We examined the acceptability and effects of delivering doctors' visit notes electronically (via OpenNotes) to patients and care partners with authorized access to patients' electronic medical records. Adult patients and care partners at Geisinger Health System were surveyed at baseline and after 12 months of exposure to OpenNotes. Reporting on care partner access to OpenNotes, patients and care partners stated that they had better agreement about patient treatment plans and more productive discussions about their care. At follow-up, patients were more confident in their ability to manage their health, felt better prepared for office visits, and reported understanding their care better than at baseline. Care partners were more likely to access and use patient portal functionality and reported improved communication with patients' providers at follow-up. Our findings suggest that offering patients and care partners access to doctors' notes is acceptable and improves communication and patients' confidence in managing their care.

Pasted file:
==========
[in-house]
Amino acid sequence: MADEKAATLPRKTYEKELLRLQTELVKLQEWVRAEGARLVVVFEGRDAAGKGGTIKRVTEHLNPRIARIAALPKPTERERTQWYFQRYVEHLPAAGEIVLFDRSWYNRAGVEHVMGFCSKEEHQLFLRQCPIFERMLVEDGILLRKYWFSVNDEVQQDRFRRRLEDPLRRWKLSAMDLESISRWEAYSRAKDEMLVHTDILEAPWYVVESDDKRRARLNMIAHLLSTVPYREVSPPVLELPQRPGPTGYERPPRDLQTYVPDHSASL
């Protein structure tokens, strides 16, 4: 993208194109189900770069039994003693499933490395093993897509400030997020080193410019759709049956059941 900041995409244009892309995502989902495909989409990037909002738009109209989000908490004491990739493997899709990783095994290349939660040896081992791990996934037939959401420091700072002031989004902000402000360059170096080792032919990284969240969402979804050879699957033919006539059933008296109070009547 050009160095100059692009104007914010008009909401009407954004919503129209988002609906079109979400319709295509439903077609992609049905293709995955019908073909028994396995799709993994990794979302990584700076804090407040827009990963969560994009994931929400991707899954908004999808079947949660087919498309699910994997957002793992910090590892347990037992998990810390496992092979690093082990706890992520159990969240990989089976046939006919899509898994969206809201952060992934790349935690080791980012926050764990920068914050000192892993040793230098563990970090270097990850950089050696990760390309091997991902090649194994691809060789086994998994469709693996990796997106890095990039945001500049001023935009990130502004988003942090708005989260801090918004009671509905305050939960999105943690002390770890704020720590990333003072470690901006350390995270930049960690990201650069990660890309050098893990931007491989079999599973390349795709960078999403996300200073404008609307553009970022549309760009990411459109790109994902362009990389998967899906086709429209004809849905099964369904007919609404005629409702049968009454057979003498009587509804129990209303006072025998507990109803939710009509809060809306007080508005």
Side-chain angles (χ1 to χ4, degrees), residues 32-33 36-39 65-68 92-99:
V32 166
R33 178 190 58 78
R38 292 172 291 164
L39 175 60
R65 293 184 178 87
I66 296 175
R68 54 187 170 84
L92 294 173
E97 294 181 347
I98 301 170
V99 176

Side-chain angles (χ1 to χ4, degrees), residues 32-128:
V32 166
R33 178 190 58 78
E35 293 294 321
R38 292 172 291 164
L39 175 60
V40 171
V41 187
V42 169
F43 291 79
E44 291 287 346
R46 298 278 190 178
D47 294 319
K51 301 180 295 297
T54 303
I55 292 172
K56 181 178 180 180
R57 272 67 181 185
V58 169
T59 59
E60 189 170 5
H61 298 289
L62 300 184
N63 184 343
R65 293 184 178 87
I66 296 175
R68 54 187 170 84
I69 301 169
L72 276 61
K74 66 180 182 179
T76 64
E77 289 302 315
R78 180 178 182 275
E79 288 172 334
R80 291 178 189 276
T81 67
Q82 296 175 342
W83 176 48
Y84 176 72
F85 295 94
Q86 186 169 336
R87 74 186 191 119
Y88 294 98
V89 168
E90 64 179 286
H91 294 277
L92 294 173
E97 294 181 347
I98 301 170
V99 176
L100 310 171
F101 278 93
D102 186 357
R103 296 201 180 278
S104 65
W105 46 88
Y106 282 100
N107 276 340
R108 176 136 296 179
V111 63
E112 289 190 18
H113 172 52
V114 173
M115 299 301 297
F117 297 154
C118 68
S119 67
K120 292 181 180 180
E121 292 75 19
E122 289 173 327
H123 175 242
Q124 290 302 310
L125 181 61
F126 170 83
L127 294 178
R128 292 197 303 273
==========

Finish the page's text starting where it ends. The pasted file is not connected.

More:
Keywords: care partner; consumer health information; electronic health records; health information technology.
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